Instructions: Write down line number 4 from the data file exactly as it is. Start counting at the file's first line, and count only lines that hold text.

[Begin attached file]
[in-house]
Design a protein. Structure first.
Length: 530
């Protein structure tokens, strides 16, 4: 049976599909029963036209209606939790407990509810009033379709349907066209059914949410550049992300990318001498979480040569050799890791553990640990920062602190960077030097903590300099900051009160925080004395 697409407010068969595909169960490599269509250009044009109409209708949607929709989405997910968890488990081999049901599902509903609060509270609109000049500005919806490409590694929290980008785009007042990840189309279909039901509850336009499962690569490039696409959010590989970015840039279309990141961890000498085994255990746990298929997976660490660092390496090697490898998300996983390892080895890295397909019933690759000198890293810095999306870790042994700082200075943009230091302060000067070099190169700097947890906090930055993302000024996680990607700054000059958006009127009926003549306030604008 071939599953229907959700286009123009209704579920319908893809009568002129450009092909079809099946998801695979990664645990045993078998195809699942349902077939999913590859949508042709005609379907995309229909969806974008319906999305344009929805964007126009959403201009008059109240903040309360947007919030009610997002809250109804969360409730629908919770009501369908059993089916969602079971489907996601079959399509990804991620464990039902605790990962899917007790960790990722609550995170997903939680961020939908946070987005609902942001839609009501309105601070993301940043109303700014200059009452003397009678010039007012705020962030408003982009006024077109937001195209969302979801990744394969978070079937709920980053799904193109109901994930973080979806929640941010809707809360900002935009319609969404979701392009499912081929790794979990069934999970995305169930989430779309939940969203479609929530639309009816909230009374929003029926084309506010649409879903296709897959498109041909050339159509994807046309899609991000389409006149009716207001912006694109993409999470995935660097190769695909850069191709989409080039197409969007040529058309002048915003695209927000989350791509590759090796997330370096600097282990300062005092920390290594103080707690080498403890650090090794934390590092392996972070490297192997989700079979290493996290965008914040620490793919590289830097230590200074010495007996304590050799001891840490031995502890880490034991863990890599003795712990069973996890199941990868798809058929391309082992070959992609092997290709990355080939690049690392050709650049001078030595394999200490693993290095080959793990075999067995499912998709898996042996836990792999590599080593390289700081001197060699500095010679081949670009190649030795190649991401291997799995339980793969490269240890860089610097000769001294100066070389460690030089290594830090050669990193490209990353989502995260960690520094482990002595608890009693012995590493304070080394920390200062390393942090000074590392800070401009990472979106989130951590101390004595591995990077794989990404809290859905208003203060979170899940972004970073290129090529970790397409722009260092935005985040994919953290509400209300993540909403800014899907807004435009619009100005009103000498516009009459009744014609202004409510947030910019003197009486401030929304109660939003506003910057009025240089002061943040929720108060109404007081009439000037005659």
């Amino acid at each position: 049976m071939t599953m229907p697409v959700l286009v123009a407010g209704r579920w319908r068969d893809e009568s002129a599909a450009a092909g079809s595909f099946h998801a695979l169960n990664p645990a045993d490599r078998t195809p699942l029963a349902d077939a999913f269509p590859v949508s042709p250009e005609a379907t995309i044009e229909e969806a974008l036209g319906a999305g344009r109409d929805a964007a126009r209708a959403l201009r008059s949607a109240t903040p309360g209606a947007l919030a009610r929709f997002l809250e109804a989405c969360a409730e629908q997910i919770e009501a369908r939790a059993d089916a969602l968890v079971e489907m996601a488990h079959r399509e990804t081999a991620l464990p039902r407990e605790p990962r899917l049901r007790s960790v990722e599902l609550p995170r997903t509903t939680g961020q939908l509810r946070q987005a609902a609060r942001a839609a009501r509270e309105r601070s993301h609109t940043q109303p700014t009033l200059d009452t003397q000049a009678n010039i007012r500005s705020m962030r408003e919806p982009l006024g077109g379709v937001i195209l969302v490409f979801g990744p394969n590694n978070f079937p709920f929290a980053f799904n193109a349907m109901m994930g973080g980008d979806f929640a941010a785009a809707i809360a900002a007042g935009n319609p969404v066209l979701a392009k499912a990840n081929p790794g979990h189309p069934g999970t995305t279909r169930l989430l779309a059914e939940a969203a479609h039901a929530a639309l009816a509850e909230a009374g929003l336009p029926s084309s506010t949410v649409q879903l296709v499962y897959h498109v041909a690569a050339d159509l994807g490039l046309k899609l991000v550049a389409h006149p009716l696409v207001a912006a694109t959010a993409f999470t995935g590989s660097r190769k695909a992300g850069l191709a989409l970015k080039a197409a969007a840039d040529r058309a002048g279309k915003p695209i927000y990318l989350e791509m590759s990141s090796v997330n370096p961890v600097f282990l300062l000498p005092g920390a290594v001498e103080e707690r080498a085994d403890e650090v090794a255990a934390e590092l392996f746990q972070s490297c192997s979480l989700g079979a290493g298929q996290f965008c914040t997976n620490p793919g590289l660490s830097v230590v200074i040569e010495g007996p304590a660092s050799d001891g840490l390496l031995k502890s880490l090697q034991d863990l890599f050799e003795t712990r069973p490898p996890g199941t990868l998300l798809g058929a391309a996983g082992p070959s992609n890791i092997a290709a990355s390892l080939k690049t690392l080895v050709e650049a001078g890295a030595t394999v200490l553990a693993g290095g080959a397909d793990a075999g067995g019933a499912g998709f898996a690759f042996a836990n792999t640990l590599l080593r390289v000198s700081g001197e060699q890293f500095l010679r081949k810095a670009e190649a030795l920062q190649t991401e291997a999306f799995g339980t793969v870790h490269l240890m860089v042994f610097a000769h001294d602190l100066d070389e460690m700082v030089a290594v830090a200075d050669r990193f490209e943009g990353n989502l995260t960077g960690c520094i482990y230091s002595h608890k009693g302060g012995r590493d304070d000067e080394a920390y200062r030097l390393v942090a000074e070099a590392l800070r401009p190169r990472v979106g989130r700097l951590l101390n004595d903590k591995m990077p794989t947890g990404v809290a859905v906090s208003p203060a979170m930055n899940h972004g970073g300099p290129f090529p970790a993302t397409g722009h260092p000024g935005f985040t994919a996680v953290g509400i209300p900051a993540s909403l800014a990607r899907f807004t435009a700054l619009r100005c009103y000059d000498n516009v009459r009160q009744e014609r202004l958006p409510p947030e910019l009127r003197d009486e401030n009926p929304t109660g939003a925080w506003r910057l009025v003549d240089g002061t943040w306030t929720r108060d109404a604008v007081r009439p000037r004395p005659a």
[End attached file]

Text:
């Protein structure tokens, strides 16, 4: 049976599909029963036209209606939790407990509810009033379709349907066209059914949410550049992300990318001498979480040569050799890791553990640990920062602190960077030097903590300099900051009160925080004395 697409407010068969595909169960490599269509250009044009109409209708949607929709989405997910968890488990081999049901599902509903609060509270609109000049500005919806490409590694929290980008785009007042990840189309279909039901509850336009499962690569490039696409959010590989970015840039279309990141961890000498085994255990746990298929997976660490660092390496090697490898998300996983390892080895890295397909019933690759000198890293810095999306870790042994700082200075943009230091302060000067070099190169700097947890906090930055993302000024996680990607700054000059958006009127009926003549306030604008 071939599953229907959700286009123009209704579920319908893809009568002129450009092909079809099946998801695979990664645990045993078998195809699942349902077939999913590859949508042709005609379907995309229909969806974008319906999305344009929805964007126009959403201009008059109240903040309360947007919030009610997002809250109804969360409730629908919770009501369908059993089916969602079971489907996601079959399509990804991620464990039902605790990962899917007790960790990722609550995170997903939680961020939908946070987005609902942001839609009501309105601070993301940043109303700014200059009452003397009678010039007012705020962030408003982009006024077109937001195209969302979801990744394969978070079937709920980053799904193109109901994930973080979806929640941010809707809360900002935009319609969404979701392009499912081929790794979990069934999970995305169930989430779309939940969203479609929530639309009816909230009374929003029926084309506010649409879903296709897959498109041909050339159509994807046309899609991000389409006149009716207001912006694109993409999470995935660097190769695909850069191709989409080039197409969007040529058309002048915003695209927000989350791509590759090796997330370096600097282990300062005092920390290594103080707690080498403890650090090794934390590092392996972070490297192997989700079979290493996290965008914040620490793919590289830097230590200074010495007996304590050799001891840490031995502890880490034991863990890599003795712990069973996890199941990868798809058929391309082992070959992609092997290709990355080939690049690392050709650049001078030595394999200490693993290095080959793990075999067995499912998709898996042996836990792999590599080593390289700081001197060699500095010679081949670009190649030795190649991401291997799995339980793969490269240890860089610097000769001294100066070389460690030089290594830090050669990193490209990353989502995260960690520094482990002595608890009693012995590493304070080394920390200062390393942090000074590392800070401009990472979106989130951590101390004595591995990077794989990404809290859905208003203060979170899940972004970073290129090529970790397409722009260092935005985040994919953290509400209300993540909403800014899907807004435009619009100005009103000498516009009459009744014609202004409510947030910019003197009486401030929304109660939003506003910057009025240089002061943040929720108060109404007081009439000037005659």